Intrusive Thoughts

Intrusive Thoughts
Intrusive Thoughts

 

Intrusive Thoughts

We all have intrusive thoughts. The difference comes in when we pay attention to those intrusive thoughts. Many of us will think bizarre thoughts and ask ourselves where on earth the odd thought has come from. Instead of dwelling on the thought, we will dismiss it, laugh it off and carry on with our day. We will see it as just a thought that is NOT fact and NOT reality.

For people with Obsessive Compulsive Disorder (OCD), they find it incredibly difficult to dismiss these types of thoughts. They catastrophise and begin to imagine the worst case scenario and torture themselves mentally. Despite being aware of this they are unable to stop.

Allowing the thoughts to dominate without testing the reality of these thoughts maintains the power of the thought. Challenging intrusive thoughts is important in reducing their influence. For example –  common thought for someone with intrusive thoughts is to believe that everything is contaminated and that something bad will happen if they do not constantly clean and disinfect. When they clean and disinfect, the anxiety is temporarily relieved but it returns relatively quickly and the whole process will begin again. In order to reduce the thoughts, a person with intrusive thoughts needs to start with baby steps and start to reduce the amount of times they clean and disinfect. Initially, anxiety will increase but when they realise that nothing awful happens, they begin to break down and challenge the validity of the intrusive thoughts.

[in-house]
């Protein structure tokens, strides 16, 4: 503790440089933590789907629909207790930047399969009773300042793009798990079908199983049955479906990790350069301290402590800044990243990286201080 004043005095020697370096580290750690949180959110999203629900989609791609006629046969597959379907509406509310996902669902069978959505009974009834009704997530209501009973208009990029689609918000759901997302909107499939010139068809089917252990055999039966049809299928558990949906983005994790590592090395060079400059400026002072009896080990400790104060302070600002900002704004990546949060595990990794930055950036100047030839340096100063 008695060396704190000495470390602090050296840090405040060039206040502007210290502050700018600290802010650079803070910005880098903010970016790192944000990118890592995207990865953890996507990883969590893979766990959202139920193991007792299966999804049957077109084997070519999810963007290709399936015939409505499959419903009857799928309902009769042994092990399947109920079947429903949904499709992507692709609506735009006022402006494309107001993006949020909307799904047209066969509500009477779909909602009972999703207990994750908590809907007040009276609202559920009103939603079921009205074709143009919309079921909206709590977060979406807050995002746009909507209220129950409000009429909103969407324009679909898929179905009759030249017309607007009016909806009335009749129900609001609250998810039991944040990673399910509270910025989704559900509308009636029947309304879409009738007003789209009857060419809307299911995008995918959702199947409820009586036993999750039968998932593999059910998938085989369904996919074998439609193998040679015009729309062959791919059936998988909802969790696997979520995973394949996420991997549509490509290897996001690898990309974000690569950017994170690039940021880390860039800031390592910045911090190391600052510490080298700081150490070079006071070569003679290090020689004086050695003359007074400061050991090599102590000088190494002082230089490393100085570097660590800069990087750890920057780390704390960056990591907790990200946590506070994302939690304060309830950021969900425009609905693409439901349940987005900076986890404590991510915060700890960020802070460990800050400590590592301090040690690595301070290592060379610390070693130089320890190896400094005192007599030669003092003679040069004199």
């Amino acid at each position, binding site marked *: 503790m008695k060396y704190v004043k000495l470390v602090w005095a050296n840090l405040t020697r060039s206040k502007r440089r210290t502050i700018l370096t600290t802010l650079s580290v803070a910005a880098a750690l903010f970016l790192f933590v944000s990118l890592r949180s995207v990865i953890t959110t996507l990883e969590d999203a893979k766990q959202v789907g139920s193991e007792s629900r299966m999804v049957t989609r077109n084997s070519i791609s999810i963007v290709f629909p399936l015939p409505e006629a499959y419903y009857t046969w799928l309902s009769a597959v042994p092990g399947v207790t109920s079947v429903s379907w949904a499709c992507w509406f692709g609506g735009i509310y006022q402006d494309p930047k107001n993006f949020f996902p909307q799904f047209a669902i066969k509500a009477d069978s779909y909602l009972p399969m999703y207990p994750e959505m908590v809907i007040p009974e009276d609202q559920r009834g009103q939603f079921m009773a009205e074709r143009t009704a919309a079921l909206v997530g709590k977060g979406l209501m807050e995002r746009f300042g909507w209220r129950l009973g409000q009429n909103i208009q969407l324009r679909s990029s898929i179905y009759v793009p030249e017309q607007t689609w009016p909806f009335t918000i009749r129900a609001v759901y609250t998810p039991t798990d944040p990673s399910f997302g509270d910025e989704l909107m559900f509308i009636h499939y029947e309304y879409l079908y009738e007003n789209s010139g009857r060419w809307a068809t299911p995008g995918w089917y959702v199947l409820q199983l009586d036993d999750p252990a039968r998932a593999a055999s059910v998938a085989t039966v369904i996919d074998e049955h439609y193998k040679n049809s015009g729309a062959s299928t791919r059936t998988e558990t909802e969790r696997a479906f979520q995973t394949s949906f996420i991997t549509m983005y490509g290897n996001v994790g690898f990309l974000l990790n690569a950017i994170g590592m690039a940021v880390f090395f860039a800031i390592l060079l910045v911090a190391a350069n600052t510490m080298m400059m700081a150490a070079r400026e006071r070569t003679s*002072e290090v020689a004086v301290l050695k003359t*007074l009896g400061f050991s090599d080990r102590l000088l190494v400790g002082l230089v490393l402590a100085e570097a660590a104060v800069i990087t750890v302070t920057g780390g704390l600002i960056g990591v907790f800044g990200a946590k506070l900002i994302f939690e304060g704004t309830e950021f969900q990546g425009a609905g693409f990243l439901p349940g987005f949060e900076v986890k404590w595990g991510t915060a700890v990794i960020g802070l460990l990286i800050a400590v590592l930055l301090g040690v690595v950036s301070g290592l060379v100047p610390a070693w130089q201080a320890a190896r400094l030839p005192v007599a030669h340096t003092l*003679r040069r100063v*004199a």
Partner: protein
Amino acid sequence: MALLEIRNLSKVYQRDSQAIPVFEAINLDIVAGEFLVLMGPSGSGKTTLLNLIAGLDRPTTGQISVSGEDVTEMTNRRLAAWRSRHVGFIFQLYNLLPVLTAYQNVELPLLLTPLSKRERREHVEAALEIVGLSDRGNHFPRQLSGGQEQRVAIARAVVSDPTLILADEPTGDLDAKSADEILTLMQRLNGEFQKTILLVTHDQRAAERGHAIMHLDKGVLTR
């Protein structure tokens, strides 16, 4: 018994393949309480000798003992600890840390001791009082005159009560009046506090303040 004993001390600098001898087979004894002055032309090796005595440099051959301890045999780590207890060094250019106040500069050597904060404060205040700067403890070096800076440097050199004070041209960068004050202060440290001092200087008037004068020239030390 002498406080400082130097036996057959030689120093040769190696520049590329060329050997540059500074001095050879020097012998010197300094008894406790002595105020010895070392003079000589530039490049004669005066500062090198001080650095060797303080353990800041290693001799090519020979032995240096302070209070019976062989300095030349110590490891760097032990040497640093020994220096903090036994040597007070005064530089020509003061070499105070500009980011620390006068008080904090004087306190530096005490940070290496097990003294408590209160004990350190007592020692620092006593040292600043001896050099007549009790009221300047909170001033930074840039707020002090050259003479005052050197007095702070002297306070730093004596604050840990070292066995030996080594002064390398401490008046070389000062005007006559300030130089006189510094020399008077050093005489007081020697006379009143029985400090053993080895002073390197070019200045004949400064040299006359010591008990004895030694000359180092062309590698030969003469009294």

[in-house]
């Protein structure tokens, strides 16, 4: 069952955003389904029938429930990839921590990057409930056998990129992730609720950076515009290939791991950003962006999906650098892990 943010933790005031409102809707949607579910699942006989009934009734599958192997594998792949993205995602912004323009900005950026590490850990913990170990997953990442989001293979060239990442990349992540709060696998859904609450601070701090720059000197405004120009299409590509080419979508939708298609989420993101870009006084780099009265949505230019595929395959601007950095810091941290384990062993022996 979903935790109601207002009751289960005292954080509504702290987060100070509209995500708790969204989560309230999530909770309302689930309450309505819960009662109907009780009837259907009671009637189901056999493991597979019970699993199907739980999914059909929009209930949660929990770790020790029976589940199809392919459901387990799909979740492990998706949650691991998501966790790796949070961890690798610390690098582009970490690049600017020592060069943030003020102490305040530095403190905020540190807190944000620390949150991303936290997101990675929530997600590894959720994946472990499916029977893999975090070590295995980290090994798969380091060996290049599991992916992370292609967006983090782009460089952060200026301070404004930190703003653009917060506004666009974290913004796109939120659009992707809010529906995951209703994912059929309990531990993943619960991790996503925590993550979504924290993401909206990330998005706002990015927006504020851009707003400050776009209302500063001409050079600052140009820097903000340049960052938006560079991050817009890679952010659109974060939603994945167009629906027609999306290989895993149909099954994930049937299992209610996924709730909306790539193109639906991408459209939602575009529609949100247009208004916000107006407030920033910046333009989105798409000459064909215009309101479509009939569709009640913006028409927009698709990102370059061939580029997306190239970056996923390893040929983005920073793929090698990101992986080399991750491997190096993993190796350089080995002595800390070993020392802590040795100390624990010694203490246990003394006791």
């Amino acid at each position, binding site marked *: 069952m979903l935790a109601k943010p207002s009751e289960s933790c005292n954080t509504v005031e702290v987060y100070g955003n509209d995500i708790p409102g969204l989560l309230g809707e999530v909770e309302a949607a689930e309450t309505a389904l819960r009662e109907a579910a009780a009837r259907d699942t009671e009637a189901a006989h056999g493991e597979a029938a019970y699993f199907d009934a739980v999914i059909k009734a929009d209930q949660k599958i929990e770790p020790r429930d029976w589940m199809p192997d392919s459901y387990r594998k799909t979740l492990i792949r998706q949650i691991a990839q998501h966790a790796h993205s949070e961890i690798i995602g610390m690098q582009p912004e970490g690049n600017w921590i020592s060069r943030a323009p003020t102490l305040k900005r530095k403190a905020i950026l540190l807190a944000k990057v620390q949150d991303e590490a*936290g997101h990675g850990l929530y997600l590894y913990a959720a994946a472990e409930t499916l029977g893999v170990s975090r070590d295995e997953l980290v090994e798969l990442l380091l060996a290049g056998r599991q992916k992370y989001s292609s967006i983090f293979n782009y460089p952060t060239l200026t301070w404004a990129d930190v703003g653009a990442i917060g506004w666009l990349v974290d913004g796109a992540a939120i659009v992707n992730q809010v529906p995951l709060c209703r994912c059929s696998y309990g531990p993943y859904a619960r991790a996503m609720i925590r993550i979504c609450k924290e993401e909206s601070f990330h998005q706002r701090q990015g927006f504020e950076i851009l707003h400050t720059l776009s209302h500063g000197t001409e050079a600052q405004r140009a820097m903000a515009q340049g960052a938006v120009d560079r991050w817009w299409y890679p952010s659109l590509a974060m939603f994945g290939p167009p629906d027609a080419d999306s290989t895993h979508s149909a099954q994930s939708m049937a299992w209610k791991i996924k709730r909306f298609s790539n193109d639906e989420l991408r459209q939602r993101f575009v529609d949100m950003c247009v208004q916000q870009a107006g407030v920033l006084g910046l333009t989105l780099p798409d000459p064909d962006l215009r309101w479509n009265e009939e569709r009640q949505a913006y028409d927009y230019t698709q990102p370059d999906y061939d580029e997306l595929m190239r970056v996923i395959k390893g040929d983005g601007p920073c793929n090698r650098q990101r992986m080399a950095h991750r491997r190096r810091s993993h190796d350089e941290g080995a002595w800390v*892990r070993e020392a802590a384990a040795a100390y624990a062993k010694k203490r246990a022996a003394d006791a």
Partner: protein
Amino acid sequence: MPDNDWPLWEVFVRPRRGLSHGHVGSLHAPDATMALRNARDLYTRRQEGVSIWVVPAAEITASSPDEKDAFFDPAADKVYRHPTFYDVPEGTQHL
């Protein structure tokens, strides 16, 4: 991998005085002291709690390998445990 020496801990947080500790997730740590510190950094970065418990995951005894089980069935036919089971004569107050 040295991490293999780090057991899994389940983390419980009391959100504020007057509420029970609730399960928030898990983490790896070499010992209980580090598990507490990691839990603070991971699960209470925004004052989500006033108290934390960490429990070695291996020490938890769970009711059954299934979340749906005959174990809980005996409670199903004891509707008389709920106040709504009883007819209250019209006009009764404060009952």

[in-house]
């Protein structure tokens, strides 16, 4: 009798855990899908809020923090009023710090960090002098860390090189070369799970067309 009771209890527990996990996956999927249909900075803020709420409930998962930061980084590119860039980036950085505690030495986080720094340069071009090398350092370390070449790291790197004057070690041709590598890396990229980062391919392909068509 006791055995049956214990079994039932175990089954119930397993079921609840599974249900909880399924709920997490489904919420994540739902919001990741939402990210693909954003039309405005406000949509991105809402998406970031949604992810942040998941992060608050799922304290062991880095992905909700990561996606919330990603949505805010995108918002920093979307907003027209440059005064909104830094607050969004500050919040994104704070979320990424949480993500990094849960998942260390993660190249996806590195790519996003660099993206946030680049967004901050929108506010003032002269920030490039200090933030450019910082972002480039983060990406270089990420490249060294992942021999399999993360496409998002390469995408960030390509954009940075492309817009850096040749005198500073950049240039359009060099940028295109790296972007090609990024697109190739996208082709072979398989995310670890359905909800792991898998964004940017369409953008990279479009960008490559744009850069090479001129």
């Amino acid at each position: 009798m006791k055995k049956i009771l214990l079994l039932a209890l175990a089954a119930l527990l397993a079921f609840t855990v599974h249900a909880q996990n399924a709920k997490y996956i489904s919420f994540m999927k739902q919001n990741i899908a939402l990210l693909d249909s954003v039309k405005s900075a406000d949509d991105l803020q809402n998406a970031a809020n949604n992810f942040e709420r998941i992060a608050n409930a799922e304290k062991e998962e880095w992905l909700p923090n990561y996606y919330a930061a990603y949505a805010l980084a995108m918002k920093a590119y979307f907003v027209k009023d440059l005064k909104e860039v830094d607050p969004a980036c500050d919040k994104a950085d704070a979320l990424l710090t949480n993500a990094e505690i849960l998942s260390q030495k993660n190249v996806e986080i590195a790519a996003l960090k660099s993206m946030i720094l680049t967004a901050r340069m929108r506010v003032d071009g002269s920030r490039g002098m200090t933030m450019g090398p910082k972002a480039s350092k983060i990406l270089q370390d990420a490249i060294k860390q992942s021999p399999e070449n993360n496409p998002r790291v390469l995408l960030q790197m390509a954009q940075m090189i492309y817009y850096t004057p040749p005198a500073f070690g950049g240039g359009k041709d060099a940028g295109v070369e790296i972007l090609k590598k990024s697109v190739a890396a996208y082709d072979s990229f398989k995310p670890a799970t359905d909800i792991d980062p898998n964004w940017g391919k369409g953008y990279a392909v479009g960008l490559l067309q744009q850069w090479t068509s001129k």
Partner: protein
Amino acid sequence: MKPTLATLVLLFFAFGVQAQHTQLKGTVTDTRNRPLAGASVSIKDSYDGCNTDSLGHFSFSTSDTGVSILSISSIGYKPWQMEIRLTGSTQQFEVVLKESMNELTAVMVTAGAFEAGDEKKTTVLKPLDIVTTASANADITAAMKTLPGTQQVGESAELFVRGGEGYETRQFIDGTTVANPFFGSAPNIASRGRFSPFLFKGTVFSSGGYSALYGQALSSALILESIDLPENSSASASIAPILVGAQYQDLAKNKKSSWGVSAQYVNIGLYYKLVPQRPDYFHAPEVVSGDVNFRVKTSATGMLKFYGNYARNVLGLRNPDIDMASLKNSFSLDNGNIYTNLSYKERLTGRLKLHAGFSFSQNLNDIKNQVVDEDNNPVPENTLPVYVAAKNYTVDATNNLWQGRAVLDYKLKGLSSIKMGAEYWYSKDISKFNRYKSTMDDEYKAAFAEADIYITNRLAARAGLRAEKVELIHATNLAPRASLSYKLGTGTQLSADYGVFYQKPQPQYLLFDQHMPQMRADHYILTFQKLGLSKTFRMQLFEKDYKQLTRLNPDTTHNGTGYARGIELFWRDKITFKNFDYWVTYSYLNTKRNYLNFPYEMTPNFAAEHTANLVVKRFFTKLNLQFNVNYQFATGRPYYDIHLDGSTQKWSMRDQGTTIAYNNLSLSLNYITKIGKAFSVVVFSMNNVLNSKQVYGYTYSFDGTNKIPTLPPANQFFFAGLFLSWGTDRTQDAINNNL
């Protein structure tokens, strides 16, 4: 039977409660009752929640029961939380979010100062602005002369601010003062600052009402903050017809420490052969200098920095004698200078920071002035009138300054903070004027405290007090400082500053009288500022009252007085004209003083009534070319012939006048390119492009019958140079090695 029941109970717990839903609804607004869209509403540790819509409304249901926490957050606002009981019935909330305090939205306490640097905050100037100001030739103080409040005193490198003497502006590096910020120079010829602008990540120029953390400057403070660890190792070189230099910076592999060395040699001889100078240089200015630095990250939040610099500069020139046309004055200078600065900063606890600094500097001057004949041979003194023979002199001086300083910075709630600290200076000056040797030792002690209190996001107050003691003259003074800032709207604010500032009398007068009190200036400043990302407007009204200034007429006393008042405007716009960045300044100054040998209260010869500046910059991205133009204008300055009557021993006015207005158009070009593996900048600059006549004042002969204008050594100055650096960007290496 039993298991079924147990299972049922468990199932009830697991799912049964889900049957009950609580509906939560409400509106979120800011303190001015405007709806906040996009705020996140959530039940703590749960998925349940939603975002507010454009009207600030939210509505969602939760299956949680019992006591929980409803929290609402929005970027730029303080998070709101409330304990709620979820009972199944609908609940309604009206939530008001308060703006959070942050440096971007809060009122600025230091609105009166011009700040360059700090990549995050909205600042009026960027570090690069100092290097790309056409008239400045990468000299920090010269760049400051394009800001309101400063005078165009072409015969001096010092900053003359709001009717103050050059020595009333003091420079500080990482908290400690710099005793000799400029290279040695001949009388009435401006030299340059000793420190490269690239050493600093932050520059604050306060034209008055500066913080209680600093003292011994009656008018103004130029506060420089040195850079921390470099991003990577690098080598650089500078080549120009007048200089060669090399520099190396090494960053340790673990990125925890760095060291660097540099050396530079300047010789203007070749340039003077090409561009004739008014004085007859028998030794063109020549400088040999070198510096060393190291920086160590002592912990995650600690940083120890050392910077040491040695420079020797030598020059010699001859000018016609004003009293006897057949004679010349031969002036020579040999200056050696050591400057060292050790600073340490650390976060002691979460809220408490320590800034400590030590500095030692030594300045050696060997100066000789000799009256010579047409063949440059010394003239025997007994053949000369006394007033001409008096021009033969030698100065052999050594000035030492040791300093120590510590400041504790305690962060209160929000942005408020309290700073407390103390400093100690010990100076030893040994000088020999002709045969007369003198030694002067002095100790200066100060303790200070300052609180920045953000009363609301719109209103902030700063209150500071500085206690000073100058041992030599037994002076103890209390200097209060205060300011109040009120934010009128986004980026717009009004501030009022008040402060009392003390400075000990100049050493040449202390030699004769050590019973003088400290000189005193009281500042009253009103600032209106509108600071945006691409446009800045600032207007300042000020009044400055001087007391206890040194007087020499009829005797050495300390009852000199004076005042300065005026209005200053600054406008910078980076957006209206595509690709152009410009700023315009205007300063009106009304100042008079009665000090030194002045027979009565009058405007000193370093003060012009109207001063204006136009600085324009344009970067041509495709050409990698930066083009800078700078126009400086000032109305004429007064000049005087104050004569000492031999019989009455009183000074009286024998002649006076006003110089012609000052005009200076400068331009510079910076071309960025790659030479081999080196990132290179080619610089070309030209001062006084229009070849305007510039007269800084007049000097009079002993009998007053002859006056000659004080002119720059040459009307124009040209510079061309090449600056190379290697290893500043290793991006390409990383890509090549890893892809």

It is thought that psychological and biological factors play a part in the causes of intrusive thoughts although there is disagreement on how much influence each factor has. OCD has been linked to abnormalities with the neurotransmitter serotonin, which is thought to play a role in regulating anxiety.

Cognitive behavioural therapy as well as medication work well in minimising symptoms.

Common intrusive thoughts

  • Harm to oneself or someone else either deliberately or accidentally
  • Fear of contamination, disease, infection
  • Fear of humiliation or embarrassment in public
  • The possibility that one is a paedophile or will harm a small child

The main route to dealing with intrusive thoughts is through finding a manageable way to cope with the anxiety. This involves acknowledging that fears are thoughts, not reality. Separating thinking from reality is a positive first step. Engaging in behaviour that challenges the thinking also helps to extinguish the intrusive thoughts. Visualisation can help too – by imagining that the level headed, clear thinking and strong aspect to your personality can come out and manage the scared, fearful you that believes the intrusive thoughts.

This visualisation process of imagining two characters within you can help to mentally compartmentalise the issue and lead a normal life more rapidly.

Seek counselling for help with intrusive thoughts especially if they interfere with day to day functioning.

Try the Counselling Directory for a counsellor near you.

Mandy X

 

 

Mandy Kloppers
Author: Mandy Kloppers

Mandy is a qualified therapist who treats depression, anxiety, OCD, PTSD, trauma, and many other types of mental health issues. She provides online therapy around the world for those needing support and also provides relationship counselling.

Mandy Kloppers

Mandy is a qualified therapist who treats depression, anxiety, OCD, PTSD, trauma, and many other types of mental health issues. She provides online therapy around the world for those needing support and also provides relationship counselling.

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